Putting a contactless payment card in a foil-lined wallet should prevent it being "read" by accident or fraud, a consumer body has said.
Contactless cards allow people to wave a card near a retailer's reader to pay without entering a four-digit Pin.
Researchers for consumer group Which? used a reader and decoding software to grab a card number and expiry date from cards, raising concern about theft.
But a card industry trade body said fraud levels on contactless were low.
The Which? researchers said they gathered enough detail to buy items, including a £3,000 TV, on the internet using these card details.
They said that although the risks were low, it would be possible for somebody standing very close to "lift" card details without the owner knowing.
However, wrapping the card in tin foil, or putting it in a foil-lined wallet would guard against this.
Richard Koch, head of policy at the UK Cards Association, said: "The method shown by Which? is not a new discovery and was first reported two years ago. However, any such technology can only obtain the card number and expiry date - information that has always been available simply by looking at the front of a card.
"The vast majority of online retailers require additional data such as the card security code, along with the cardholder's address, which cannot be harvested electronically. Any retailers that do not will do so at their own risk and will be liable for any fraudulent transactions."
Some retailers ask for other information, other than the three-digit security code on the back of a card.
"Instances of fraud on contactless cards are in fact extremely rare, with losses of less than a penny for every £100 spent on contactless - far lower even than overall card fraud," Mr Koch said.
He added that consumers were fully protected against any fraud losses on contactless cards and would never be left out of pocket.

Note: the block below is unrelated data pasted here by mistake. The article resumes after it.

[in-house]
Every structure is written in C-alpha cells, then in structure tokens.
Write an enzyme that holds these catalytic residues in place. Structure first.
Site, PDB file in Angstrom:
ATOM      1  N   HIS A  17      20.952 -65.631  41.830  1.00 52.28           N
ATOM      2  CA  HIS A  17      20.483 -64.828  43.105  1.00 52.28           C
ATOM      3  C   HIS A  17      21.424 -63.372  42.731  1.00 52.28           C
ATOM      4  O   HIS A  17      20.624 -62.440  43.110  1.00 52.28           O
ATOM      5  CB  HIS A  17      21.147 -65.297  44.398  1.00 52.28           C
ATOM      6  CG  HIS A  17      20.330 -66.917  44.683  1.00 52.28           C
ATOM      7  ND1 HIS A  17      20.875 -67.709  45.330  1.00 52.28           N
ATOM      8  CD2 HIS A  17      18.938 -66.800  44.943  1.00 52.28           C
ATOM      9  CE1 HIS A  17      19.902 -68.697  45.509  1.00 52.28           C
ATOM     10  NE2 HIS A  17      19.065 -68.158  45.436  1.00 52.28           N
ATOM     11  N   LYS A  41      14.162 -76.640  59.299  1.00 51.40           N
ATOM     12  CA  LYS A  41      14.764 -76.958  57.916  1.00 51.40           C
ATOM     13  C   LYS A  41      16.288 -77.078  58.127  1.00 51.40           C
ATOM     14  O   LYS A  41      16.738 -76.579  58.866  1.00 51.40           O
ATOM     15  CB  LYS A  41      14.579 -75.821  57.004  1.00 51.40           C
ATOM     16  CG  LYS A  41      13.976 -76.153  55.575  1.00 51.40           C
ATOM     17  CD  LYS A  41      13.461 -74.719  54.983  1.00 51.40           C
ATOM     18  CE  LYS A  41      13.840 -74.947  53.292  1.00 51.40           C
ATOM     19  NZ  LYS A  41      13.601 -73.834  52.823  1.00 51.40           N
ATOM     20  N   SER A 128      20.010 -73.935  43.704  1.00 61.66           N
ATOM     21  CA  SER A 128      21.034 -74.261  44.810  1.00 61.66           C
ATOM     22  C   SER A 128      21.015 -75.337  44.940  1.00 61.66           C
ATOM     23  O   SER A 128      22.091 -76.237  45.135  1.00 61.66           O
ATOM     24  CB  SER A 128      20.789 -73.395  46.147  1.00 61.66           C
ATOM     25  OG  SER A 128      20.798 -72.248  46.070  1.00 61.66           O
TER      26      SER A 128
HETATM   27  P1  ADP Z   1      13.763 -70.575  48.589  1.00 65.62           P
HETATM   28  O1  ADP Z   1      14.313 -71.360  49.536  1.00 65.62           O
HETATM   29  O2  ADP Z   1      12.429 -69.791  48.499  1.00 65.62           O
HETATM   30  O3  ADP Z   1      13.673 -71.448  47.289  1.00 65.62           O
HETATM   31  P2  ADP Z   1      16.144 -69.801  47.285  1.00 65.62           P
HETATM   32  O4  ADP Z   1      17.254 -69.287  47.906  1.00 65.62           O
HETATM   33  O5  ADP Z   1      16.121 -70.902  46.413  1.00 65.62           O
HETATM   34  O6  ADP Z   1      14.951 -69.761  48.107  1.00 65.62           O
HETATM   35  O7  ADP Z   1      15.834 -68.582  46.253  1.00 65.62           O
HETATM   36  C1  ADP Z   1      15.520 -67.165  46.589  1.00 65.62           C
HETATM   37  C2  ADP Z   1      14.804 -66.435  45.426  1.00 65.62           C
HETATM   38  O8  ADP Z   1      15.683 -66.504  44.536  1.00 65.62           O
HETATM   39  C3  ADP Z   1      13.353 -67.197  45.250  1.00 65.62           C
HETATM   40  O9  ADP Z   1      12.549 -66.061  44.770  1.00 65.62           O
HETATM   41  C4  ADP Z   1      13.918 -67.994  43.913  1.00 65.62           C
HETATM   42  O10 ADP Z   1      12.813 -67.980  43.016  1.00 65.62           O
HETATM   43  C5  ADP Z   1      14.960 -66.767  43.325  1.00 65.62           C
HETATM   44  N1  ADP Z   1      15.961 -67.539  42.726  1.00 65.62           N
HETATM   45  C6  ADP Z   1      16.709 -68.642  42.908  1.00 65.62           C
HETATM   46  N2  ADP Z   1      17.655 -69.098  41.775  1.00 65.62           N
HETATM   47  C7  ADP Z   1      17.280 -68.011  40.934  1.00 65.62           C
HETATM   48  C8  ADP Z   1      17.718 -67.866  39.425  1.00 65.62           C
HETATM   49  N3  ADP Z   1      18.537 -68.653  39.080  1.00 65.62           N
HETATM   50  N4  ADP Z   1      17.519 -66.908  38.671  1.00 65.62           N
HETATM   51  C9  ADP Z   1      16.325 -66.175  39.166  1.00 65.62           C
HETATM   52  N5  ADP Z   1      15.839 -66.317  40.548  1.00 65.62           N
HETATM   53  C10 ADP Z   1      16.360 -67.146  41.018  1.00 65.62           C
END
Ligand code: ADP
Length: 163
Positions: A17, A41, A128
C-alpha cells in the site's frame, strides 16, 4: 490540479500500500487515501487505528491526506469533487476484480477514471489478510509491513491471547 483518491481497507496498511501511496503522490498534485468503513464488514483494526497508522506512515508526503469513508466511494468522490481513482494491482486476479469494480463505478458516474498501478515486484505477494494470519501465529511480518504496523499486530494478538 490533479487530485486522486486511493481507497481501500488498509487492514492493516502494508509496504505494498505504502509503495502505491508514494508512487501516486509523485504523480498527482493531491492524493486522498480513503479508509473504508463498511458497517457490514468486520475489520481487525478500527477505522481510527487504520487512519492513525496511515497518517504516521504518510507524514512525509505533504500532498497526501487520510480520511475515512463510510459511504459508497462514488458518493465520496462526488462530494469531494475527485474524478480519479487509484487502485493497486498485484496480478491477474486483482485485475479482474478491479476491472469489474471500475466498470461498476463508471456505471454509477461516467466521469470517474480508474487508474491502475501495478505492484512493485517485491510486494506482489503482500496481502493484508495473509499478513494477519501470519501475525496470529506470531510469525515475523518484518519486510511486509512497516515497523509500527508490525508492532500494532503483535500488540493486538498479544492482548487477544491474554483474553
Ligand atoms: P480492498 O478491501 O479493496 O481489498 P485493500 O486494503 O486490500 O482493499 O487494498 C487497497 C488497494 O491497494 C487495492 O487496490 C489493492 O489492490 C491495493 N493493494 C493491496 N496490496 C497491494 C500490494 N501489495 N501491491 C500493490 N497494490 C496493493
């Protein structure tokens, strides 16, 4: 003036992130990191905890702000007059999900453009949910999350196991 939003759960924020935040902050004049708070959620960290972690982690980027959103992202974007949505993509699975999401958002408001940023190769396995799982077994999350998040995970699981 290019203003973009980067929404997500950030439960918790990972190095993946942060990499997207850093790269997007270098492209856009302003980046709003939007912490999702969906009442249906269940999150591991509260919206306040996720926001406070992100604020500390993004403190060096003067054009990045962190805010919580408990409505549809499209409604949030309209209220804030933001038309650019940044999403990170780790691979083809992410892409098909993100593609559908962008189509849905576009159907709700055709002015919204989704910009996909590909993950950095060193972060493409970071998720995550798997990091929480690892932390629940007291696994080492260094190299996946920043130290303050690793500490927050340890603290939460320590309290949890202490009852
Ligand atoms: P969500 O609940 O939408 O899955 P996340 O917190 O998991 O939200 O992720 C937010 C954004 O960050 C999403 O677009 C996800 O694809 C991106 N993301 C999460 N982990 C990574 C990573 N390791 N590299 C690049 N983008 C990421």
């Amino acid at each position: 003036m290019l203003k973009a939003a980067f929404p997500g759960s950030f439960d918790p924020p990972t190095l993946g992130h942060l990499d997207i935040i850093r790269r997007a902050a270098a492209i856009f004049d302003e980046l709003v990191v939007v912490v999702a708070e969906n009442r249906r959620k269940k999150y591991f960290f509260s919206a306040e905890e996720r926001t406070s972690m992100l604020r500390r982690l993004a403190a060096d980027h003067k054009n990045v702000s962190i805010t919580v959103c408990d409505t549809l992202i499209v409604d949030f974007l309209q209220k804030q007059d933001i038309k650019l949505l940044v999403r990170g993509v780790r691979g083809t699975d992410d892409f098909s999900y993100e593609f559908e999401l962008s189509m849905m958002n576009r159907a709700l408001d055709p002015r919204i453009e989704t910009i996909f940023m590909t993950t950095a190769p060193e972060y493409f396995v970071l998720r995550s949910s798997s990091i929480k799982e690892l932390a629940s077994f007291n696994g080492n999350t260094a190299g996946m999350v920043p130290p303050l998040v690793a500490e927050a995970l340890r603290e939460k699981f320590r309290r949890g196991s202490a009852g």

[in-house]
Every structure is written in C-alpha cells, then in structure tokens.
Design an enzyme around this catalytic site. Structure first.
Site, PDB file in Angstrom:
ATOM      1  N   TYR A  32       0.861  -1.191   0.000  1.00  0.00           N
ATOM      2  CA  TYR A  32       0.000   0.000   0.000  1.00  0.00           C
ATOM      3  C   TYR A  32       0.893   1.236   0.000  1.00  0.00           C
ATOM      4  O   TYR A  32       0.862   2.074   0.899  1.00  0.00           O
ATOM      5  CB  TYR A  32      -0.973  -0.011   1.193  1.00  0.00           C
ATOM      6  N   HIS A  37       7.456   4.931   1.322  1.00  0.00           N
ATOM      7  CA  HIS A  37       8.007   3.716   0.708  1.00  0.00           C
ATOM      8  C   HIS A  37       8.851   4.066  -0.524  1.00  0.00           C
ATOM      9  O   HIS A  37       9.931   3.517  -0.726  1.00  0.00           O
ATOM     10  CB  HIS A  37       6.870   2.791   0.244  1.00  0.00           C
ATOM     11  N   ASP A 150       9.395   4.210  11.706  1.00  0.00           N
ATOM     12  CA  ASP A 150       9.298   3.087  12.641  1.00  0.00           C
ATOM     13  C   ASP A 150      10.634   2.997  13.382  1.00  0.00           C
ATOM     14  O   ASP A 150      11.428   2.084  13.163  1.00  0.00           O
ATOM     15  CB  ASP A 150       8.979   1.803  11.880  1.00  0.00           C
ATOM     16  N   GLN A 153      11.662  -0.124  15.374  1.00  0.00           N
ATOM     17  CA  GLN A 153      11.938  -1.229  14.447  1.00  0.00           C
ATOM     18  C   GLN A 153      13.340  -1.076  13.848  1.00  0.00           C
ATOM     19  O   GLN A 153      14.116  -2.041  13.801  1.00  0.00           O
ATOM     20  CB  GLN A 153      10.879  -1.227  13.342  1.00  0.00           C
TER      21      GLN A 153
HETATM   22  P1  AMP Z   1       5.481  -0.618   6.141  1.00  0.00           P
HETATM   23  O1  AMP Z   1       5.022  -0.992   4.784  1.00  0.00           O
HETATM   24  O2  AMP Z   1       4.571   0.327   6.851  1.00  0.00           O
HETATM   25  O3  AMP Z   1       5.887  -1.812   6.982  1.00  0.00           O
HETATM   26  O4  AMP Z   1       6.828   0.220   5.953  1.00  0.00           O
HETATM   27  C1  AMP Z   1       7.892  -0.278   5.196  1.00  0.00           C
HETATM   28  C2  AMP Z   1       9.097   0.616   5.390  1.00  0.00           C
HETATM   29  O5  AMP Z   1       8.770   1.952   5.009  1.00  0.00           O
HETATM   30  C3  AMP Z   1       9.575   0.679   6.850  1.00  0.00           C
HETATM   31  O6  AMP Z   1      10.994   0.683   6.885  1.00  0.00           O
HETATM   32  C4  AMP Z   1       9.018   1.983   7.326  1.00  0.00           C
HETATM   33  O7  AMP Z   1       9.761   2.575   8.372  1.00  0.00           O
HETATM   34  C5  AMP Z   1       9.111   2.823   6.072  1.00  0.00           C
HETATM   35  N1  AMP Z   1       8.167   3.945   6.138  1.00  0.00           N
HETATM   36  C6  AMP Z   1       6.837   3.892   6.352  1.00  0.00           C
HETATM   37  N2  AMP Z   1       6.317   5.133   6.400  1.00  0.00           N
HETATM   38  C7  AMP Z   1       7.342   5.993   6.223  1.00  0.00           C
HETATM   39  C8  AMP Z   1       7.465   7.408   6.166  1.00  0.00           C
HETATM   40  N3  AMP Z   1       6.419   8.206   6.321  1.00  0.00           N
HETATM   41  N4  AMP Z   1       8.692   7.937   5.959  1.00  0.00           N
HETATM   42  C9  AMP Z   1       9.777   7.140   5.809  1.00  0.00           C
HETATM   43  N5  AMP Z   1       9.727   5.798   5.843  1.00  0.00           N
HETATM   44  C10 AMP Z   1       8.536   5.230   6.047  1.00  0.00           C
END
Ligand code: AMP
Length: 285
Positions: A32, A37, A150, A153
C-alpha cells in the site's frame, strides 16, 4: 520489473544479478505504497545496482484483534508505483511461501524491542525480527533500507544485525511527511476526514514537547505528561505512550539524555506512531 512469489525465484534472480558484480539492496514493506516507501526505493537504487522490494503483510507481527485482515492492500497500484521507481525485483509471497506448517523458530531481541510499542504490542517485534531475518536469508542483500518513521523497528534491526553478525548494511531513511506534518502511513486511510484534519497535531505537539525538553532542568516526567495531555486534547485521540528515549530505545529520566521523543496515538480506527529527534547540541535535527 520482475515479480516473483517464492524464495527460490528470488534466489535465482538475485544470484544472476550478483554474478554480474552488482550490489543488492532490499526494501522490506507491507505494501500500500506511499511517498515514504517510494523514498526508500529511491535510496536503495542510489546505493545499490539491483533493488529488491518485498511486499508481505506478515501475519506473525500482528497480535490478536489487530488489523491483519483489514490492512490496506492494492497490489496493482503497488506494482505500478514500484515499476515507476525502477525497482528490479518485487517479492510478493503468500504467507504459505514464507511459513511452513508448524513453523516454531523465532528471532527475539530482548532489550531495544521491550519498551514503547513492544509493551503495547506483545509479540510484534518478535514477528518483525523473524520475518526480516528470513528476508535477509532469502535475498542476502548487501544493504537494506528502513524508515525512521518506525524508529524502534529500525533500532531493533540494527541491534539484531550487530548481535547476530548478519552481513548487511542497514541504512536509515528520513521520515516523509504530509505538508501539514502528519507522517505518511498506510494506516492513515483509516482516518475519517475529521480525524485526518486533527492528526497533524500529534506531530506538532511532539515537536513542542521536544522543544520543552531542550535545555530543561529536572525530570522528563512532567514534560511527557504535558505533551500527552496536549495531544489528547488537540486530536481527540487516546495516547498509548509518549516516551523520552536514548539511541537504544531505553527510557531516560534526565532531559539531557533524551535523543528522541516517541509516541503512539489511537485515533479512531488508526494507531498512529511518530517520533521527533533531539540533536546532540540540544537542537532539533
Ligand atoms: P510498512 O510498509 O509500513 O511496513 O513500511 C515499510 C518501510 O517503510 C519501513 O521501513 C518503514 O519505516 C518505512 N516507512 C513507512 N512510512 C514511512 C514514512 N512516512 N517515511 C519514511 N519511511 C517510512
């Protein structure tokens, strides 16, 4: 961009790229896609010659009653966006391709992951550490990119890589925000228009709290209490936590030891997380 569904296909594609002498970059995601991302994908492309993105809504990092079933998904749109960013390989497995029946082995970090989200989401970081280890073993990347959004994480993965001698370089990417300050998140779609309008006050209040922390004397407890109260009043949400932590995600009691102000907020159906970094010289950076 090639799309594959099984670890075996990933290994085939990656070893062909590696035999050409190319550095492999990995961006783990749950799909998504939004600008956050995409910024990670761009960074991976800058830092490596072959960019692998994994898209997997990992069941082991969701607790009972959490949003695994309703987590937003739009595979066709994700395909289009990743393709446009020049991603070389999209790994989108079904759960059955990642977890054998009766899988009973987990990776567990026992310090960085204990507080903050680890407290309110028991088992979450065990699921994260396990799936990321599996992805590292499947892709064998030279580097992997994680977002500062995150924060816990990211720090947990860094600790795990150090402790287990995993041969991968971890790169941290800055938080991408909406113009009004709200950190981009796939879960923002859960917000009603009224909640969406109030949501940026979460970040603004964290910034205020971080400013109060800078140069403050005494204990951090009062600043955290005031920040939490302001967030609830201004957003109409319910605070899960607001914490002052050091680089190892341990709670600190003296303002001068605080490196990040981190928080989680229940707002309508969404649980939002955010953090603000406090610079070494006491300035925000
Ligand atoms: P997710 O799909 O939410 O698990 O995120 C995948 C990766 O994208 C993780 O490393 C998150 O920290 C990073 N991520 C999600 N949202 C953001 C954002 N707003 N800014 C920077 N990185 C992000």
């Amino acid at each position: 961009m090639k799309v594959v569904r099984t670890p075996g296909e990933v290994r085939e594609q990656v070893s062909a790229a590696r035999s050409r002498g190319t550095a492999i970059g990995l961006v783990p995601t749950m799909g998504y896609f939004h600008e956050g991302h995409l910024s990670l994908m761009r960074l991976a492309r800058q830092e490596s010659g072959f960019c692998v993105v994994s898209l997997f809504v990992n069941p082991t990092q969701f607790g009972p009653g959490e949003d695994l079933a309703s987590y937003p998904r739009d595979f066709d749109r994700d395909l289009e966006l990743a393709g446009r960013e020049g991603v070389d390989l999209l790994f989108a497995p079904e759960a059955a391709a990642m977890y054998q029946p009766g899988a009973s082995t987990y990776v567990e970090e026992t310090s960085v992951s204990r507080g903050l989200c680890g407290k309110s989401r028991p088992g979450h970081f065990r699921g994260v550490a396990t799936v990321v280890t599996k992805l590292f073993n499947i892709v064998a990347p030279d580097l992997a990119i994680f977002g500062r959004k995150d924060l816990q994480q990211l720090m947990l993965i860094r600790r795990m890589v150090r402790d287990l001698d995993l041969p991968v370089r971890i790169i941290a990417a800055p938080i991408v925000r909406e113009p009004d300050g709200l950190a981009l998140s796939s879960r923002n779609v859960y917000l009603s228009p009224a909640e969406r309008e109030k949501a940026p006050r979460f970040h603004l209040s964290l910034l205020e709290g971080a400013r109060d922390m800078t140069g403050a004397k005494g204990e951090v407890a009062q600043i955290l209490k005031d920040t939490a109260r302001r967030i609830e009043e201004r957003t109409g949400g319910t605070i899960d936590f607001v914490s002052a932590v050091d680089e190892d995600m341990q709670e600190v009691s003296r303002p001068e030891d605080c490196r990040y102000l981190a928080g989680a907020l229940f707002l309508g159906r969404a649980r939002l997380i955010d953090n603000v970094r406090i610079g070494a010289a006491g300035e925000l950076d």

Card providers should reimburse victims of contactless fraud, assuming victims acted reasonably to keep their card safe.
Time for tokens?
New technology is allowing consumers to use a smartphone or smartwatch to make tap-and-go payments.
Firms adopting the technology are also marketing it as being a more secure alternative to physical payment cards because of their use of a technique called "tokenization".
Apple Pay is based on the system, and both Google Pay and Samsung Pay are set to adopt it when they launch soon.
So how does it work?
In the case of Apple Pay, the US firm requires participating banks and payment networks involved to create two new elements:
- a 16-digit token - called a Device Account Number - unique to each piece of equipment
- an encryption key, which creates one-use "signatures" called cryptograms. A fresh cryptogram is generated for every transaction after a fingerprint is provided. As well as providing a second check for the user's identity, it also includes details about the both the retailer involved and the sum being spent
The token and encryption key are installed into a dedicated chip on the devices, which their operating systems cannot access.
To authorise an in-store sale, the device's token and an associated cryptogram are transmitted via the contactless terminal to the payment provider, who checks they belong together.
Even if a thief did manage to intercept the information, they could not re-use the token without knowing a way to make new matching cryptograms.
This is similar to way banks protect their online accounts by issuing customers with card readers that generate time-limited codes.
Just as criminals are not able to access online accounts by typing in a user's membership number without a corresponding authentication code, so are they unable to use a stolen smartphone token without a related cryptogram.
Furthermore, there is no easy way to reverse-engineer a token to reveal the original payment card's details.
Even if Apple's own servers were hacked, it does not store the complete account number itself.